PR Struggles to Reach 20% Profit Levels as Labor Costs Remain an Issue

When we take a deeper dive into the recent Gould+Partners study about PR firm profitability, it looks like another case of the rich getting richer ( PR News, June 12, p. 8).

Rick Gould Managing Partner Gould+Partners
Rick Gould
Managing Partner

As managing partner Rick Gould, CPA, JD, says in an interview, “The industry is not improving on profitability, other than the larger firms…which are pushing 20%, the mid-size firms are at about 18%, which is respectable…the small ones are just going backward at 13.5% [profits]…You can’t grow with only 13% profitability. These firms are just going to stagnate and won’t increase in value.”

Rick Gould Managing PartnerGould+PartnersThe survey of 101 firms showed U.S. PR agencies registering a modest 15.2% profit last year, down slightly from 15.3% in 2015 and 16.2% in 2014.

As you can see from the table, firms with net revenue less than $3 million had operating profits of 14.3%; those with net revenues greater than $25 million posted profits closer to 20%, which is where firms should be, Gould says.

The culprits are labor costs, which, Gould says, firms need to keep at 50% or lower to reach acceptable profit levels. When firms deliver additional services, they need to bill clients accordingly, Gould notes. Due to concerns about losing clients, they often fail to add fees for additional service to their bill, he says. The happy medium is “to give the client the service it needs, but charge accordingly for it.”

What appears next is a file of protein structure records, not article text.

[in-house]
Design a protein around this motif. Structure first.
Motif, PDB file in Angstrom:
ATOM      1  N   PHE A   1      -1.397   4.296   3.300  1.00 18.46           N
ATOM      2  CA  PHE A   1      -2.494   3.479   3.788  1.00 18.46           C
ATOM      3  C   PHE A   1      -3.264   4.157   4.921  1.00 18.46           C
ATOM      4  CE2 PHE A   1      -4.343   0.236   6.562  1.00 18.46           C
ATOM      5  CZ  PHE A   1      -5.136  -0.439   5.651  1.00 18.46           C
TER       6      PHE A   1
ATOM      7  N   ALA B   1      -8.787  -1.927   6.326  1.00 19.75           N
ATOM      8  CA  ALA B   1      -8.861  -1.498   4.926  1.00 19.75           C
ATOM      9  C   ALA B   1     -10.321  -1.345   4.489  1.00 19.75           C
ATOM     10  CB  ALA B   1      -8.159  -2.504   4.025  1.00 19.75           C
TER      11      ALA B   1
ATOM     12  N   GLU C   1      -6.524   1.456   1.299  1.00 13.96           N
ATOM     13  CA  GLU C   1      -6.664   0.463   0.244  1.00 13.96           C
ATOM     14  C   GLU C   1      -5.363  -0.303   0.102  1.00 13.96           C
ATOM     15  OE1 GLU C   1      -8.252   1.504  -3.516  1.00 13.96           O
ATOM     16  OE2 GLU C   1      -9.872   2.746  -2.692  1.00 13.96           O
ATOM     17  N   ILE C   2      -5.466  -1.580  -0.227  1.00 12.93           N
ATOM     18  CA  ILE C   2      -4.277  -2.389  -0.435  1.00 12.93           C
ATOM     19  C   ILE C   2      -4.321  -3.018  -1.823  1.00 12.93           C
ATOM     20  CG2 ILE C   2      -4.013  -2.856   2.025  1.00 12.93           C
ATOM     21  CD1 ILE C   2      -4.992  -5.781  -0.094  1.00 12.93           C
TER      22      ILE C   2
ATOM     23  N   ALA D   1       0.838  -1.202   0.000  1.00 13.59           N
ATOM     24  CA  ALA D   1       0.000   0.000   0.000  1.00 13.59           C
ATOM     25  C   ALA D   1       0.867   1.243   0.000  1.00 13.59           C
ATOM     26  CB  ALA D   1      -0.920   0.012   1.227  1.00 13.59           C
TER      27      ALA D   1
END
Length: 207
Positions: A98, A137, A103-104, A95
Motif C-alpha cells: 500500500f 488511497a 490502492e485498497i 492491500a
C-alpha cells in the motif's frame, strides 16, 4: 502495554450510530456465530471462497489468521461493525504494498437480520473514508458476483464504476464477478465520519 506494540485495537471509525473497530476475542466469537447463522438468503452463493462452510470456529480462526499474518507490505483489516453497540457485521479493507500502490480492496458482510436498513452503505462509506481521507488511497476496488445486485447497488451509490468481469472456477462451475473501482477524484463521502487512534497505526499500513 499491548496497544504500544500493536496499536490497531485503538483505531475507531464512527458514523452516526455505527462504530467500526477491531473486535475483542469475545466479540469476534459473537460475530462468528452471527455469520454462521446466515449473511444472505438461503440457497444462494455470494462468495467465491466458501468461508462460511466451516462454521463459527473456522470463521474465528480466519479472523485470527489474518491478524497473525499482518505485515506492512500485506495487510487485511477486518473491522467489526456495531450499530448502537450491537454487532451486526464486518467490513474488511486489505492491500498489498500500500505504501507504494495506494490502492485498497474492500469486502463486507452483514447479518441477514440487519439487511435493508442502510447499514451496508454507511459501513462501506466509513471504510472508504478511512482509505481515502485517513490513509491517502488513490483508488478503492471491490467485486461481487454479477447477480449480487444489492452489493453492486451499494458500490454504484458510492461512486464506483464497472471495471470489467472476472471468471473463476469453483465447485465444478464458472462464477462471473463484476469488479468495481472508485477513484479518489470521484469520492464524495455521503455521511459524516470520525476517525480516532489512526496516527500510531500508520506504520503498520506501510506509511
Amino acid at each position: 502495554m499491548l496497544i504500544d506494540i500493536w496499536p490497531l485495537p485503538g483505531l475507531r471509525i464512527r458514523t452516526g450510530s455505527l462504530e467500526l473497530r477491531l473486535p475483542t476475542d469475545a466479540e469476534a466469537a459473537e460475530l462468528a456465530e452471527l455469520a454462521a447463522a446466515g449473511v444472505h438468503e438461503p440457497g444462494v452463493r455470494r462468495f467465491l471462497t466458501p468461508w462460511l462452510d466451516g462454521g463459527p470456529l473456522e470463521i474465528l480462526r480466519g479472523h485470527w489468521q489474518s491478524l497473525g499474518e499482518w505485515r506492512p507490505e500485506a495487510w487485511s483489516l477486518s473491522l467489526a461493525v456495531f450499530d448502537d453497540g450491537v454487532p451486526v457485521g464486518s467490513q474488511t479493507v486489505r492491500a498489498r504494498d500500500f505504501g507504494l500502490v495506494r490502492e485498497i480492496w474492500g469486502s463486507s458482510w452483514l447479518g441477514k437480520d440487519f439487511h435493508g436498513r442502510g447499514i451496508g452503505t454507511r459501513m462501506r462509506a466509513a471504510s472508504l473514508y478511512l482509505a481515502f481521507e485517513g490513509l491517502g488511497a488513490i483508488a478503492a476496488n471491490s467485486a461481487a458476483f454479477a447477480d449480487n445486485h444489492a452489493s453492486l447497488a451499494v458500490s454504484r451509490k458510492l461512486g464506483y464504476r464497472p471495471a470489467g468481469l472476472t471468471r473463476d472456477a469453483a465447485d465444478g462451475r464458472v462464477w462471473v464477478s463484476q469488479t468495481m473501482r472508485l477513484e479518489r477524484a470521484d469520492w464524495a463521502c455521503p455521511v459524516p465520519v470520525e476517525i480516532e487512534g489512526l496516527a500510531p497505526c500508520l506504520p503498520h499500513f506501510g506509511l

Why are larger firms able to control labor costs that the mid-size and smaller firms can’t? “Large firms not only have CFOs [chief financial officers] who can manage the financial day-to-day of the business, but they also have chief operating officers [COO]. I think that might be the missing link.”

COOs can spend time looking at efficiency with VPs, Gould says, and figure out which teams are most productive. “I think that might be the answer…that smaller firms are weak operationally where the larger firms aren’t. They have systems in place and their time management gives them great feedback to avoid scope creep,” or overservicing. “An operations person can stop [over services before it has a big impact on the bottom line.”

And if you’re a modest-size firm and feel you can’t afford to hire a CFO and COO, Gould advocates getting part-timers. If funds were extremely tight, “I’d hire the part-time CFO first. Get the financials in shape and a few months later go for the COO. I don’t look at [such hires] as overhead, I see them as an investment. They pay for themselves. I’ve seen it work over and over again for firms that are struggling” to reach the 20% profit level.

“Get your C-suite right,” he adds. “The CEO should be out there bringing in new business, not worrying about finances…most PR people aren’t trained to handle finances.”